When it comes to the role of media – be it print, electronic or digital – the discussion more often than not delves into whether it is a tool that ought to be used to unite a society or encourage diversity of opinion bordering on healthy dissent. Recently local media outlets and activists gathered to emphasize on the role of Pakistani media to ‘knit the nation together’ – which is, undoubtedly, a well-intended suggestion but there’s a lot more to the picture that remains obfuscated from general view. For starters, media in Pakistan should be at the point where camaraderie is indeed present but disagreement is received constructively as well.
Ours is a sticky scenario: There is ample political strife in the face of scanty tolerance. Unfortunately, our media – whether mainstream or the little alternatives that we have – has not exactly done a commendable job at remaining composed and neutral while handling national dilemmas. If anything, local media channels have viewed these situations as opportunities to make quick bucks. Similarly, our media still lags behind – quite embarrassingly so – in practicing the very basic tenets of common decency and ethics. A nation cannot be united when its self-proclaimed journalists choose to generate revenue out of tragedies.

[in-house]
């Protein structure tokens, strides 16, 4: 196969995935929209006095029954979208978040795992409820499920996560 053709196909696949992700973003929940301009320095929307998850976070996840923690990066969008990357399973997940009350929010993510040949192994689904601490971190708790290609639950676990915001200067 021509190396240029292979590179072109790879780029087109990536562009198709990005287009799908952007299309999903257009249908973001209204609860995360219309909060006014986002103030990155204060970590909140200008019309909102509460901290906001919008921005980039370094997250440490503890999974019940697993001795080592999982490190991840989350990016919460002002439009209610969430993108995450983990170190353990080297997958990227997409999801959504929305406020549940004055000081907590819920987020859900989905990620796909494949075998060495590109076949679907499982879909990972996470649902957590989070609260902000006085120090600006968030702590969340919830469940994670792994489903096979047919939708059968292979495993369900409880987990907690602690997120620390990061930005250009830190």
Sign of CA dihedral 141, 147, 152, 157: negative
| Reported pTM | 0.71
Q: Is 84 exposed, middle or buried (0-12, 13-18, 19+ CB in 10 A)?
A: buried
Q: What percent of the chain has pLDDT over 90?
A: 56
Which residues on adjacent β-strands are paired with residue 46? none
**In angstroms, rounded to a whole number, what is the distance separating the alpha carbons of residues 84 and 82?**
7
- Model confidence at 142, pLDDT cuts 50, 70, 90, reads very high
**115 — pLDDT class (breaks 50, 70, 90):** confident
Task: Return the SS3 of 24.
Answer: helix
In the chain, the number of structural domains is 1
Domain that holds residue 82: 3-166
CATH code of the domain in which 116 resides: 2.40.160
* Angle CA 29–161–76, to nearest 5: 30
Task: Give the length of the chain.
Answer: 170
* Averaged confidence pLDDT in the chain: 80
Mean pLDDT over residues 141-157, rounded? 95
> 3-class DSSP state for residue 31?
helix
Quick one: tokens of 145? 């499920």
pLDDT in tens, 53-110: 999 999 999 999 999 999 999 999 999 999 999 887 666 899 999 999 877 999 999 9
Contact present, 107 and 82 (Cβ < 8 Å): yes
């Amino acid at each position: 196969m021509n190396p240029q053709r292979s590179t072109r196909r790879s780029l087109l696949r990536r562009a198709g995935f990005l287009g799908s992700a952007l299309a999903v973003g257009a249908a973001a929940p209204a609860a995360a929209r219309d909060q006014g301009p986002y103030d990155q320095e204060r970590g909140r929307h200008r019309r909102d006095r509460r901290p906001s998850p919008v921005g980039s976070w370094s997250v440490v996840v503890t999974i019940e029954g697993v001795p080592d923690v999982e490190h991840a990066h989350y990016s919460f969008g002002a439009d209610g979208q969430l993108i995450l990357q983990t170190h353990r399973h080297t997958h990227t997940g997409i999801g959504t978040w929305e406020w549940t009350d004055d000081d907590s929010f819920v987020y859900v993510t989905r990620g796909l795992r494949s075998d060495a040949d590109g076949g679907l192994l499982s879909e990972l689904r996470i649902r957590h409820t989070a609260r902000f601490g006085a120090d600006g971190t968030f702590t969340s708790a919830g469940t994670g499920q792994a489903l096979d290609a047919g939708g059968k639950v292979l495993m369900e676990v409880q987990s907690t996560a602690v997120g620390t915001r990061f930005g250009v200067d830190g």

The emphasis here should be on our media’s role to relay honest views that the national audience should hear – whether it fancies it or not. Coddling a society’s conventional perspectives may bring the likeminded together but it does not help it in making social progress. By putting organizational bias aside, an independent media with such a huge political landscape like ours should place commercial interest and sensationalism as secondary, and objective journalism as primary. Our media is perhaps the most vocal institution in our country and it would be even more essential once these amendments are made.